Are your employees engaged? It’s a question that has earned its place at the forefront of business strategy, because it directly affects the quality of work produced and overall outcomes. Eight out of ten business leaders rank employee experience, including engagement, as important or very important for the future of their companies. But even when organizations have a generalized understanding that engagement is valuable, it’s not always easy to show a measurable return on investment in terms of dollars and cents. Yet that is precisely what it takes to demonstrate value to those in charge of budget approvals.
So how can you measure return on your investment in employee engagement? To answer that question, let’s look at how engagement affects your bottom line.
How Engaged Employees Make Your Company More Profitable
Disengaged employees cost companies billions of dollars in lost productivity every year. Higher turnover, lower output and increased absenteeism all require companies to invest more in recruiting, hiring, training and motivating employees.
Strategic investments in engagement alter the equation by creating employees who enjoy their work, believe in the value their company provides and will go the extra mile to deliver excellent outcomes. Engaged employees show up at work more often, do better work while they are in the office and stay with your company longer.
Here’s what engagement can do for your company:
- Higher Productivity – Engaged employees perform better work and accomplish more during the workday than their disengaged co-workers. Companies with disengaged employees experience 18% lower productivity and 60% more workplace errors than those with an engaged workforce. Higher productivity also translates into greater profit over time, since productive employees boost output, sales and brand image.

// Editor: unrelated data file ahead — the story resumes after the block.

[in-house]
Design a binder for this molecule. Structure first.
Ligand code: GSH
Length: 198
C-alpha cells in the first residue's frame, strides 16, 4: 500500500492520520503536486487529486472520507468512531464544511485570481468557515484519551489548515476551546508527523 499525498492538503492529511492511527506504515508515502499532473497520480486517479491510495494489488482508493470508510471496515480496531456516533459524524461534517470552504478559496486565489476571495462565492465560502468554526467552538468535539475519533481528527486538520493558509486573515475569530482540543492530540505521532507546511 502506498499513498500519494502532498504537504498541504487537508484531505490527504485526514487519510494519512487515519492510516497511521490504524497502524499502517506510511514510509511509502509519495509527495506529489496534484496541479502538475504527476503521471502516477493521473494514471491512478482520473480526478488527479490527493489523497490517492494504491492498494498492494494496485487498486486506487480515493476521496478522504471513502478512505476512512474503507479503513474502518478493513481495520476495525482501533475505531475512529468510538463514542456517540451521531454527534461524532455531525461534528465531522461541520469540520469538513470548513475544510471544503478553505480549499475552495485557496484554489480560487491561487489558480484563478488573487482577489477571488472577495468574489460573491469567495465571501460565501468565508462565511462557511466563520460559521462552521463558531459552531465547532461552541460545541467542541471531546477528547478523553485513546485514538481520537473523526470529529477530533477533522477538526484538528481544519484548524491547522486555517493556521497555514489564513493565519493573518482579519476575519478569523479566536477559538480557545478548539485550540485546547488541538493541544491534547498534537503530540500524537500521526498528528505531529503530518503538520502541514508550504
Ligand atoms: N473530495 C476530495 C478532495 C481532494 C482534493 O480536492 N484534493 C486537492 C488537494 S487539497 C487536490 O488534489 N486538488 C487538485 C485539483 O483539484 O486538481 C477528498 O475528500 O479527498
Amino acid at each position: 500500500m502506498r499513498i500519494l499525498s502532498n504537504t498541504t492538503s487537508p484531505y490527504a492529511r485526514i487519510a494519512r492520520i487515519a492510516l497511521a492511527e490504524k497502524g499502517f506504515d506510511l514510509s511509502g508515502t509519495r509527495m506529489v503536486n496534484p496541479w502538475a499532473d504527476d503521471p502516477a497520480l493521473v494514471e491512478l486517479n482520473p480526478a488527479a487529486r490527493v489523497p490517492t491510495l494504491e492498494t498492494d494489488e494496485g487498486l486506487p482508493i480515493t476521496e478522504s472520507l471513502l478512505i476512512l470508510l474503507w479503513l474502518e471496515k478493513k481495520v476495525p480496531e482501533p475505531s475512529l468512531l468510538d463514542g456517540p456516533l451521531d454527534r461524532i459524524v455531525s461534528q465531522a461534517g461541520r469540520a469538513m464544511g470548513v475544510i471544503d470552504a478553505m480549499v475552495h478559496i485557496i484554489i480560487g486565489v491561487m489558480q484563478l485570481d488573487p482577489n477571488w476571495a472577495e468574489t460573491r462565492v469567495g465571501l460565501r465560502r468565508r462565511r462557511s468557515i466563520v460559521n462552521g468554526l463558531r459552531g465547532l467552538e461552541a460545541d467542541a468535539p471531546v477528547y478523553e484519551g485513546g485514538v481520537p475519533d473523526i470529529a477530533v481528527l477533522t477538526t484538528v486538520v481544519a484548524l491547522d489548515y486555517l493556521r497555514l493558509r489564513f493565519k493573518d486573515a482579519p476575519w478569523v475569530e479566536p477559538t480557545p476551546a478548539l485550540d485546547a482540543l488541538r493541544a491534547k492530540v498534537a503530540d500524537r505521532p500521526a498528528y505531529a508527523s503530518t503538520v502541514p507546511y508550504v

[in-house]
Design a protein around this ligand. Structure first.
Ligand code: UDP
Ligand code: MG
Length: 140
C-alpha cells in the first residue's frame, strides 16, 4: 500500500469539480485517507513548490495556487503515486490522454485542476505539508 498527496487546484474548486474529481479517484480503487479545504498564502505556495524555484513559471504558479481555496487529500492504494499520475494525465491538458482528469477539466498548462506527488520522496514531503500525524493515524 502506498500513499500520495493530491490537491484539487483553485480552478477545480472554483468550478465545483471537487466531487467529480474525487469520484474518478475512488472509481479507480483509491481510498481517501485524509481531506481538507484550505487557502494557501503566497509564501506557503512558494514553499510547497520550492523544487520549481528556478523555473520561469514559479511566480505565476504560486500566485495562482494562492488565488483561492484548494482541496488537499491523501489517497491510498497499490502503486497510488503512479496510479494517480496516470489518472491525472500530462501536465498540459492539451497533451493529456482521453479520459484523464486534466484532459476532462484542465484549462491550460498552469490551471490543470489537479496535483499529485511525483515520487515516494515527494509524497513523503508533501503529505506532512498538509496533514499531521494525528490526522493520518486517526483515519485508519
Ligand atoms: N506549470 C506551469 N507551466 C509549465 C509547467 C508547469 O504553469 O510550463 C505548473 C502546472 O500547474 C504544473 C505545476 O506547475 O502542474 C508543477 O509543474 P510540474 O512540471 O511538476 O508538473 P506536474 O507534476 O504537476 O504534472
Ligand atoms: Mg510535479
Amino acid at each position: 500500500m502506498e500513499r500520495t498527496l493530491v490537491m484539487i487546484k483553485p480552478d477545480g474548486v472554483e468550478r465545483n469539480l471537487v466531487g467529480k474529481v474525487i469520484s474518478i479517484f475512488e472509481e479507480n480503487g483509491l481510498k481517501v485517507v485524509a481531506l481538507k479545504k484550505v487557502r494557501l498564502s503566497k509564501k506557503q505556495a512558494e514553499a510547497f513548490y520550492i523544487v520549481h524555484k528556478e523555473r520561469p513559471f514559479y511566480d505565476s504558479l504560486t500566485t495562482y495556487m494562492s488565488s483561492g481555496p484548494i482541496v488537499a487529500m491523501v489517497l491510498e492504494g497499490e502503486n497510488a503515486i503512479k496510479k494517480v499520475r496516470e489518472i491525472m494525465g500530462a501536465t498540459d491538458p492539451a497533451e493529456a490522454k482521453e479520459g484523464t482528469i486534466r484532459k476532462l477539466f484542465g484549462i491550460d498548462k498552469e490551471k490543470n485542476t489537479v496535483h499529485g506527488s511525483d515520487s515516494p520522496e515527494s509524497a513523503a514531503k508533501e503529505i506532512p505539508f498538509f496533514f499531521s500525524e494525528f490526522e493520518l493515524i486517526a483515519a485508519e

- Lower Turnover – Happy employees tend to stay with your company longer, and that leads to measurable decreases in your turnover rate. That’s great news, because replacing an employee can cost your company up to half of that employee’s annual salary. In addition to an average cost-per-hire of more than $4,000, replacement costs also include lost productivity while the position remains unfilled, ramp-up times after the new employee joins your team and the cost to onboard and train the new employee.
- Higher Retention Rates –The longer an employee stays with your organization, the more he or she understands your culture and processes. When that employee leaves, you lose the ingrained institutional knowledge that they developed over the course of their employment, and that’s not easy to replace. As you invest in employee engagement, your star players will stay with you longer, which translates into higher value across the organization.
- Reduced Absenteeism – Absenteeism can cost companies thousands of dollars in lost productivity and diminished team morale, which results in lower quality work. When you invest in strategies to promote engagement among employees, those employees will be less likely to miss work and more likely to make positive contributions to their teams.
- Lower Recruiting Costs – As we mentioned above, it can cost thousands of dollars to recruit and hire a single employee, and that number multiplies exponentially as your turnover rates climb. As engagement drives down turnover and boosts retention, you will see a corresponding drop in recruiting costs. To carry this one step further, strategically incorporating engagement into the recruiting process also has its benefits. Our Trendicators™ research found the number one reason job seekers accepted a job offer was due to “being treated with dignity and respect during the hiring process.”
The ROI of engagement can be calculated by considering the revenue added by engaged employees (productivity) and the money saved (turnover, retention, absenteeism, recruiting costs).
What’s the Key to Engagement?
According to SHRM, employees say that the number one contributor to their satisfaction on the job is respectful treatment of employees at all levels. It ranks higher than compensation, job security, benefits, culture and career advancement. If that’s the case, then engagement should be a high priority for every organization.
The underlying key to a successful engagement strategy is consistent, sustained action on the part of managers and leaders to make employees feel valued. Simple acts on the part of direct managers that recognize employee value and reward effort will help you build a highly engaged workforce that loves to show up at work every day.
And that’s worth the investment.